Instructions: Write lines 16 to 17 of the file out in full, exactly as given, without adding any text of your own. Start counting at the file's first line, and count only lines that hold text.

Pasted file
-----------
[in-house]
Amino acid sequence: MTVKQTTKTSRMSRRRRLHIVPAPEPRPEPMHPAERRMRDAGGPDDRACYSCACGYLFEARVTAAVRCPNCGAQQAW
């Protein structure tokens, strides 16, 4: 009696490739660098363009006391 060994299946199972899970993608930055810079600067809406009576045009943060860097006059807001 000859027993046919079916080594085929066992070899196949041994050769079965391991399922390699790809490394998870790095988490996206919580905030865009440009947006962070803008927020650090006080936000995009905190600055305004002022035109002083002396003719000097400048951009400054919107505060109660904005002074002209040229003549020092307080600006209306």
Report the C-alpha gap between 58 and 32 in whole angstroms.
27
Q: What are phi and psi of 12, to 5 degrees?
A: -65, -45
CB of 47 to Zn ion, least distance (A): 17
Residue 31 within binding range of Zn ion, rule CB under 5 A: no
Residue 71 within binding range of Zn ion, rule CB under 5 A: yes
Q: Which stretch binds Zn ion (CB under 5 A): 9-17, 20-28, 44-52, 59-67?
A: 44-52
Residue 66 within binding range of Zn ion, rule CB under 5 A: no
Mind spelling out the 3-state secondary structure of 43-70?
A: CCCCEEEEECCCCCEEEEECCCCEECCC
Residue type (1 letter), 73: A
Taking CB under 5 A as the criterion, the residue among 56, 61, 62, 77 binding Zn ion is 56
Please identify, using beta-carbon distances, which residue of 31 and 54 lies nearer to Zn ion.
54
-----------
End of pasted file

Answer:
Residue type (1 letter), 73: A
Taking CB under 5 A as the criterion, the residue among 56, 61, 62, 77 binding Zn ion is 56